Are Remote Nursing Jobs All About the Numbers?

Are you wanting a remote nursing job to escape the grind?

Some remote nursing jobs might offer a reprieve from the hustle, but most companies use metrics to keep you on task and keep them on budget. 

Why Are Remote Jobs Production Based?

Healthcare companies have to turn a profit to stay in business. As a bedside nurse, you’re often more separated from this side of the biz. On the floor, each time you chart that you’ve admitted a patient or administered a medication, the electronic health record makes note of potential charges so your hospital gets reimbursed.

Similarly, remote nursing roles also contain financially incentivized tasks. If you do prior authorizations, each review is an opportunity for the company to make money.

In other cases, the financial gain is less direct. For example, case management services are usually not charged to the patient. However, each patient in a case management program is less likely to overutilize their insurance benefits, so case management reduces the company’s overall financial risk.  

Some examples of metrics for different remote nursing job roles include:

  • Phone triage: Number of phone calls accepted
  • Case management: Member onboarding completed, new member sign-ups, or calls attempted
  • Utilization review and management: Authorizations completed
  • Data abstraction and CDI: Charts reviewed, queries sent

Which Remote Nursing Jobs Have the Easiest Metrics?

There’s no shame in asking which roles won’t have you chained to your desk. Plenty of jobs in other industries have employees putting in a few focused hours of work each day for a healthy salary. In the case of remote nursing jobs, every company and every team will have different metrics and expectations. But some roles inherently have more flexibility than others. 

Don’t compare apples to apples when searching for a job with reasonable metrics. If you interview for two utilization management jobs and one role wants you to do 20 cases per shift and another wants you to do 30 per shift, don’t brush off the 30-case job. 

You need more information about what the metrics entail. Maybe the 30-case scenario is for outpatient reviews and only uses one type of software and never requires phone outreach. In contrast, the 20-case job may be inpatient reviews that need provider outreach and have you using multiple types of software. There are a lot of variables to consider, so while numbers are important when considering the job, they aren’t everything. 

Understanding More About the Metrics

When interviewing for a job, dig deeper into the metrics management requires for the position.

You might not have time to understand all the nuances of nursing productivity and metrics for your prospective role, but here are some questions you may consider asking:

  • Are the metrics tracked each hour, each shift, or averaged for each week? Most metrics are tracked per shift, but it varies depending on the job or the contract.
  • Are the metrics based on anything outside your control? You can’t control how many members will answer your call, but you can control how many calls you make, for example.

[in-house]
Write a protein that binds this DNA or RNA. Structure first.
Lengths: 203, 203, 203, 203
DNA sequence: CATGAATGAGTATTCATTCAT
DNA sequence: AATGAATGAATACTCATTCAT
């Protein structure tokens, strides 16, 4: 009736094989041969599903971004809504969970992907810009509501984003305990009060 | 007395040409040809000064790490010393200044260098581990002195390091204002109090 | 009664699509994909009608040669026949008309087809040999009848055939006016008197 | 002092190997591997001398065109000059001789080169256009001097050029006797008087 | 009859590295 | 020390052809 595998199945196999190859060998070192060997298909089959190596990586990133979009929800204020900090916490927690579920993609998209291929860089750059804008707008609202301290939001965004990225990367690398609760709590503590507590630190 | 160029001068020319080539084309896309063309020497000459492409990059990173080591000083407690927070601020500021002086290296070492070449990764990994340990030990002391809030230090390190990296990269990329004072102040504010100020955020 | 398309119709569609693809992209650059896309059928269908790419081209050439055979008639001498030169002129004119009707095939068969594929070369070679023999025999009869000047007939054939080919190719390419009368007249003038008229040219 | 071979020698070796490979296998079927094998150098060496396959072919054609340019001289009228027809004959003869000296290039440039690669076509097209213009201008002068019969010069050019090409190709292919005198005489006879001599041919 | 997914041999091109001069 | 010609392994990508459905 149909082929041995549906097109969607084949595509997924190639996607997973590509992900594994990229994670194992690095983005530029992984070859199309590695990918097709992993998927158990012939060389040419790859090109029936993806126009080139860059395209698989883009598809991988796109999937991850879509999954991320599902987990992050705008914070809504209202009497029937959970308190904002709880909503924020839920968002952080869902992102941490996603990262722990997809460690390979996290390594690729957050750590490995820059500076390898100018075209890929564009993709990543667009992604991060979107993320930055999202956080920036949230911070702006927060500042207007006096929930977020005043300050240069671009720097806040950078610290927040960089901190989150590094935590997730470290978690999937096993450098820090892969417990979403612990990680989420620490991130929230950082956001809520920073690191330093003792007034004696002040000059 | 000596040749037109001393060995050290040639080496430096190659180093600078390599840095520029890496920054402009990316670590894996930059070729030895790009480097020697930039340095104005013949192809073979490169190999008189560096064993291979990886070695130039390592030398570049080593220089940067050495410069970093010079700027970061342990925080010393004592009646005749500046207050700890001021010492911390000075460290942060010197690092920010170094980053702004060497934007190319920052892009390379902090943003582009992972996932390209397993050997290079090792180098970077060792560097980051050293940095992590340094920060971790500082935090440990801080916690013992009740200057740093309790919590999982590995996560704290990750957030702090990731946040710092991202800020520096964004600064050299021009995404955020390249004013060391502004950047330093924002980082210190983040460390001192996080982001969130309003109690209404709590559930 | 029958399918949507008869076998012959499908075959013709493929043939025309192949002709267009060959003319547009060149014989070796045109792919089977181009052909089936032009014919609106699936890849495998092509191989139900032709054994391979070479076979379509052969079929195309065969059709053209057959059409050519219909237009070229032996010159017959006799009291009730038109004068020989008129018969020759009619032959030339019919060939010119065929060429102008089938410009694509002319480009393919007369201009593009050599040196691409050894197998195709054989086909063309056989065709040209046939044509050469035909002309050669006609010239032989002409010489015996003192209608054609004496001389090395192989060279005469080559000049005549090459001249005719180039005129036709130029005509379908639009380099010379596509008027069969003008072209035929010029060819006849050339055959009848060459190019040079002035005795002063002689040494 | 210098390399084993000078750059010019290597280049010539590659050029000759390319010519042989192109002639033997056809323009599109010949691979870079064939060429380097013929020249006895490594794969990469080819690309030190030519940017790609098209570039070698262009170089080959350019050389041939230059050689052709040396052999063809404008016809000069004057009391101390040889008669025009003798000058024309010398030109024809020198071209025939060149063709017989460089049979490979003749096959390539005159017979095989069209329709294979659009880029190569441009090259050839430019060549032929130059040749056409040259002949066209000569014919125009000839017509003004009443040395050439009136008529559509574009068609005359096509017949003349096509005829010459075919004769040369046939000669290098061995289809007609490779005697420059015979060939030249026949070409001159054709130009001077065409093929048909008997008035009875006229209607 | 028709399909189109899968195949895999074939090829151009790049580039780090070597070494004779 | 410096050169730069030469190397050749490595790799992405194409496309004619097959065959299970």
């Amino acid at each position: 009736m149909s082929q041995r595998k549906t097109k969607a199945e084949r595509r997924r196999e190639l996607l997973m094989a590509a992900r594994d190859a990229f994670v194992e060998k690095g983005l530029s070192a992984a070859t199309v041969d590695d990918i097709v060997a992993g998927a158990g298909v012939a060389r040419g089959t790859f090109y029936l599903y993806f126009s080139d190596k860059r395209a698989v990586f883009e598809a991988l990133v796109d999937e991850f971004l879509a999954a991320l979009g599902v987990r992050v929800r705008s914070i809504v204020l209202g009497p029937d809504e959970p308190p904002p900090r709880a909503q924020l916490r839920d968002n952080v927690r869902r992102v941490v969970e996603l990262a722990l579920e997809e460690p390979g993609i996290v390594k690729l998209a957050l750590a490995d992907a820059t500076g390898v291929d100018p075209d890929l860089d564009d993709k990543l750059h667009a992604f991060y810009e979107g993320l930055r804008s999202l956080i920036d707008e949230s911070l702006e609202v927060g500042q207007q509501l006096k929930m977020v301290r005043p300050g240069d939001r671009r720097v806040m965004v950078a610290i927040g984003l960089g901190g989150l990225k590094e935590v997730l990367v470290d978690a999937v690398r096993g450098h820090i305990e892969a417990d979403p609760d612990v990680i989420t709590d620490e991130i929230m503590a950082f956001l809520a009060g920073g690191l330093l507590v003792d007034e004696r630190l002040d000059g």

• How are you rewarded for meeting your metrics? Will management promote you after X months of meeting metrics, or is there a different benchmark for that? 
  • What percentage of members of this team are meeting their metrics? 
  • What interventions are in place for the team members who aren’t meeting nursing productivity and metrics? It’s helpful to know if the management jumps straight to a performance improvement plan or if they have a plan to train those nurses.
  • Is this role paid hourly or salary? This is key for understanding metrics. Often, the expectation for salaried employees is that they stay at work until they hit their benchmarks.

Apart from metrics, some jobs also track your keystrokes, mouse activity, or active computer time. A few roles also track eye movements or require cameras to be on for the entire shift.

Why Nursing Productivity and Metrics Matter to You

If it wasn’t documented, it wasn’t done!

Your boss can’t see you working hard, stop by for a quick chat, or get to know your work ethic as well in a remote environment. Good or bad, in a remote nursing job, your work is often reduced to the numbers you pull for the company. 

Metrics matter for all of the following:

  • Annual performance reviews
  • Evaluating who to lay off or what teams to downsize with budget cuts
  • Promotions
  • Salary increases
  • In some roles, those meeting nursing productivity and metrics can choose a more flexible schedule or have other perks

What to Do if Your Metrics Are Challenging You

Any time you change nursing specialties, there will be a learning curve. Be patient with yourself as you develop different skills as a remote nurse. 

If you find that the production benchmarks are stressful and not working for you, here are some tips: 

  • Ask your boss how long a typical new hire takes to meet the metrics
  • Give yourself 3 to 6 months to learn the workflow
  • Ask how much of the team is currently meeting the metrics
  • Ask your preceptor how long it took them to meet the benchmarks when they started
  • If you notice someone on your team that’s doing well, ask them for advice. They likely have templates, appropriate shortcuts, reference sheets, or tips for what to review so you can get more efficient

Crunching The Numbers

Metrics are a huge part of any remote nursing job, and something to keep in mind whenever you interview or start a new role. Remember to ask follow-up questions to discover more about what’s behind the numbers and how your leadership plans on helping you succeed. 
Want to learn more about which role would suit you best? Check out the Nurse Fern remote nursing job guides.